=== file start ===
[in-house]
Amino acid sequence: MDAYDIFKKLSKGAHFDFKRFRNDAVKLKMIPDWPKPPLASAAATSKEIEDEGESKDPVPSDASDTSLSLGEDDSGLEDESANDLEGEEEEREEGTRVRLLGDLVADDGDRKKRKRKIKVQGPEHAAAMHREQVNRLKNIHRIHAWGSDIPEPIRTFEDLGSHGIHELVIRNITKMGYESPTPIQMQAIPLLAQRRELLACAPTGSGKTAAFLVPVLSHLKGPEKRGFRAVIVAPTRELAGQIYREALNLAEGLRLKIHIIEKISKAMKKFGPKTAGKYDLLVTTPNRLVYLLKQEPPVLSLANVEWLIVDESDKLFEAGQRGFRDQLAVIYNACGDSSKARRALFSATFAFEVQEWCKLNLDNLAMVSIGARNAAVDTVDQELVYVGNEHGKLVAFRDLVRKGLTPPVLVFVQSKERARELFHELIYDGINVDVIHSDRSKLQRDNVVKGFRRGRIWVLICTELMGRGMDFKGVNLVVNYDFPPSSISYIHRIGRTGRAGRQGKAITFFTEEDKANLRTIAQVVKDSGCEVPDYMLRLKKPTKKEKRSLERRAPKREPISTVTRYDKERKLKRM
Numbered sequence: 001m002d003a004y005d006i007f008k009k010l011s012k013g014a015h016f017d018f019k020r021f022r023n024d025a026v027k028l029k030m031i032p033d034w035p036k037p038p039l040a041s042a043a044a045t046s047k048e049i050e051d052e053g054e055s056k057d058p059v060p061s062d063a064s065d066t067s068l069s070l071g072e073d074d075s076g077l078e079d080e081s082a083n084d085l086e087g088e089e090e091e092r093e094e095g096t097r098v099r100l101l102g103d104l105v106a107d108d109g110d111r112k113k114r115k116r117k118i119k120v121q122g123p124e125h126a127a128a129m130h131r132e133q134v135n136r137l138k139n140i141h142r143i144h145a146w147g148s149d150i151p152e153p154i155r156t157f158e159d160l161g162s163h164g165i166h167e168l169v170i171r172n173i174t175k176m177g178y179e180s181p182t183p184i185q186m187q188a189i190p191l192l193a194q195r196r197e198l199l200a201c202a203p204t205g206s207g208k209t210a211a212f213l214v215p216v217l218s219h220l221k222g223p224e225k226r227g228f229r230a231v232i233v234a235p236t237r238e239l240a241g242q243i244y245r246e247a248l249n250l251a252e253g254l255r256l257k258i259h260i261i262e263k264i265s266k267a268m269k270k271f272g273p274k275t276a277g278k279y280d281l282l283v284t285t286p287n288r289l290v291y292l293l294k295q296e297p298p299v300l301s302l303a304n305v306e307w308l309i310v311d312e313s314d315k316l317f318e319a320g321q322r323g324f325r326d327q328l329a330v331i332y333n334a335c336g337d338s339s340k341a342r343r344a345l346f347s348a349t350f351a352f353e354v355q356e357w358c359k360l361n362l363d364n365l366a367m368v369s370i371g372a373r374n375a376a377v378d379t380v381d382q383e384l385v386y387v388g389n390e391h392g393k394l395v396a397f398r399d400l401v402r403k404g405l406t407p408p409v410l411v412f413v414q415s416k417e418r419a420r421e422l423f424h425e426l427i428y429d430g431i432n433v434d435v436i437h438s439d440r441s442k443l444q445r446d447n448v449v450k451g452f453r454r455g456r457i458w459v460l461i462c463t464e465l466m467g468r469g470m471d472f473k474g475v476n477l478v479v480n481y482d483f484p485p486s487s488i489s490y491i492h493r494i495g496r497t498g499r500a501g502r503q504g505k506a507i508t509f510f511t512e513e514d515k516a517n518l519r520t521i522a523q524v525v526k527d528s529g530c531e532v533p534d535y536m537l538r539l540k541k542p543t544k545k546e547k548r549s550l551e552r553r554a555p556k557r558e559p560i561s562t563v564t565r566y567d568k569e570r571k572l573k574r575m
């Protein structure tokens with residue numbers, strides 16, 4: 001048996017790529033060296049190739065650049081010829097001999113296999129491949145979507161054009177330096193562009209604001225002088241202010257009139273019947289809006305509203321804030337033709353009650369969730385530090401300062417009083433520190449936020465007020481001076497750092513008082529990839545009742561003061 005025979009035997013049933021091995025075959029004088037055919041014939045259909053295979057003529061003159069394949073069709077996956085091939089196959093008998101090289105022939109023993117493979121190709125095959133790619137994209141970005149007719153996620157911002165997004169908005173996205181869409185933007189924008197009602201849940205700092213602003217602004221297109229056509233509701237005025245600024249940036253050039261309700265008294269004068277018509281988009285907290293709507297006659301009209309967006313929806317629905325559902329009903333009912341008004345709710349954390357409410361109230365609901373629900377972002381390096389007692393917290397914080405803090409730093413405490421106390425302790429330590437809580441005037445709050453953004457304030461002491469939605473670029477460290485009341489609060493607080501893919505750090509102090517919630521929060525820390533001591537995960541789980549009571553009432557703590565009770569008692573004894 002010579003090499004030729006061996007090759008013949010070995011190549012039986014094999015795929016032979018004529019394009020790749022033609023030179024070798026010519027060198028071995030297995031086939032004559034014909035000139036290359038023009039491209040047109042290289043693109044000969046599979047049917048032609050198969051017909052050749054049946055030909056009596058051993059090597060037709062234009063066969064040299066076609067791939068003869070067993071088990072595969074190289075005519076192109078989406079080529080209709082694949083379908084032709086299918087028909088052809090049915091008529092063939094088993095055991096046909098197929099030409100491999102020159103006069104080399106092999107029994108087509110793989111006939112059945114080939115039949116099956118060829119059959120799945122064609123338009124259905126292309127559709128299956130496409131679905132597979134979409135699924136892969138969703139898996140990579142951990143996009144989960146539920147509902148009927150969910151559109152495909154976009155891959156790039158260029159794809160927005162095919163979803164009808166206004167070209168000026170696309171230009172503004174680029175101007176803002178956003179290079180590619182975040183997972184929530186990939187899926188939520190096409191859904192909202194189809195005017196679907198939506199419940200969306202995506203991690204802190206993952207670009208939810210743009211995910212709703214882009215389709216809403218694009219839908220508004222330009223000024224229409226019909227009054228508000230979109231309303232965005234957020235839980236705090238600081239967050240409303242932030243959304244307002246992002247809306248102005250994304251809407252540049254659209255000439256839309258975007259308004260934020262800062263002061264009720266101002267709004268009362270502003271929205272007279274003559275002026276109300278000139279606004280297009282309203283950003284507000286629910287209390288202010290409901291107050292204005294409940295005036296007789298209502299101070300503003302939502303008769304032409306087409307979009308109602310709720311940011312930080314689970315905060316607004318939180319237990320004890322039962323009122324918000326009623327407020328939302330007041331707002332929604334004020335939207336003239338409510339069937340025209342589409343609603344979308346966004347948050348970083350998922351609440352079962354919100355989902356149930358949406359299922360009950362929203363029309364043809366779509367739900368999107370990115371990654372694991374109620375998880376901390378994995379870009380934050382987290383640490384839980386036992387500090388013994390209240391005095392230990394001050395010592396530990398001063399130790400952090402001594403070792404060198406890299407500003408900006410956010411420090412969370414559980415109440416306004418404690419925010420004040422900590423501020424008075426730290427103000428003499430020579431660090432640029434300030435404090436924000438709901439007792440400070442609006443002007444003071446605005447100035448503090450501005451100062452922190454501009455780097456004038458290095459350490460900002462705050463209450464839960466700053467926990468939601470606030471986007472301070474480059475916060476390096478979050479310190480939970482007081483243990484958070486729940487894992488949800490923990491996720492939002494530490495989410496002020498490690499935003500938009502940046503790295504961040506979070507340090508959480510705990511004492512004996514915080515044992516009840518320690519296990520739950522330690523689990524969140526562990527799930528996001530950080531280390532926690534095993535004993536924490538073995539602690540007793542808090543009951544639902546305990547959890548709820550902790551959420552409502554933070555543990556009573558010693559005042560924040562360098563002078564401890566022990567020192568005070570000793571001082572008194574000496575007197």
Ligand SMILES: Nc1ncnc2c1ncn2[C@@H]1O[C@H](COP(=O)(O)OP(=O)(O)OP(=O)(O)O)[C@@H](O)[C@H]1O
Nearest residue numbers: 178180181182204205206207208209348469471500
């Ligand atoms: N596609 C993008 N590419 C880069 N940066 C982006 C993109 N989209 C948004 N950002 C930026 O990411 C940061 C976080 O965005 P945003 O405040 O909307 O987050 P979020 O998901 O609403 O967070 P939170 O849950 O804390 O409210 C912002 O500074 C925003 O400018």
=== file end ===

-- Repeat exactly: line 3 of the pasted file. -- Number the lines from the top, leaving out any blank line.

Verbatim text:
Numbered sequence: 001m002d003a004y005d006i007f008k009k010l011s012k013g014a015h016f017d018f019k020r021f022r023n024d025a026v027k028l029k030m031i032p033d034w035p036k037p038p039l040a041s042a043a044a045t046s047k048e049i050e051d052e053g054e055s056k057d058p059v060p061s062d063a064s065d066t067s068l069s070l071g072e073d074d075s076g077l078e079d080e081s082a083n084d085l086e087g088e089e090e091e092r093e094e095g096t097r098v099r100l101l102g103d104l105v106a107d108d109g110d111r112k113k114r115k116r117k118i119k120v121q122g123p124e125h126a127a128a129m130h131r132e133q134v135n136r137l138k139n140i141h142r143i144h145a146w147g148s149d150i151p152e153p154i155r156t157f158e159d160l161g162s163h164g165i166h167e168l169v170i171r172n173i174t175k176m177g178y179e180s181p182t183p184i185q186m187q188a189i190p191l192l193a194q195r196r197e198l199l200a201c202a203p204t205g206s207g208k209t210a211a212f213l214v215p216v217l218s219h220l221k222g223p224e225k226r227g228f229r230a231v232i233v234a235p236t237r238e239l240a241g242q243i244y245r246e247a248l249n250l251a252e253g254l255r256l257k258i259h260i261i262e263k264i265s266k267a268m269k270k271f272g273p274k275t276a277g278k279y280d281l282l283v284t285t286p287n288r289l290v291y292l293l294k295q296e297p298p299v300l301s302l303a304n305v306e307w308l309i310v311d312e313s314d315k316l317f318e319a320g321q322r323g324f325r326d327q328l329a330v331i332y333n334a335c336g337d338s339s340k341a342r343r344a345l346f347s348a349t350f351a352f353e354v355q356e357w358c359k360l361n362l363d364n365l366a367m368v369s370i371g372a373r374n375a376a377v378d379t380v381d382q383e384l385v386y387v388g389n390e391h392g393k394l395v396a397f398r399d400l401v402r403k404g405l406t407p408p409v410l411v412f413v414q415s416k417e418r419a420r421e422l423f424h425e426l427i428y429d430g431i432n433v434d435v436i437h438s439d440r441s442k443l444q445r446d447n448v449v450k451g452f453r454r455g456r457i458w459v460l461i462c463t464e465l466m467g468r469g470m471d472f473k474g475v476n477l478v479v480n481y482d483f484p485p486s487s488i489s490y491i492h493r494i495g496r497t498g499r500a501g502r503q504g505k506a507i508t509f510f511t512e513e514d515k516a517n518l519r520t521i522a523q524v525v526k527d528s529g530c531e532v533p534d535y536m537l538r539l540k541k542p543t544k545k546e547k548r549s550l551e552r553r554a555p556k557r558e559p560i561s562t563v564t565r566y567d568k569e570r571k572l573k574r575m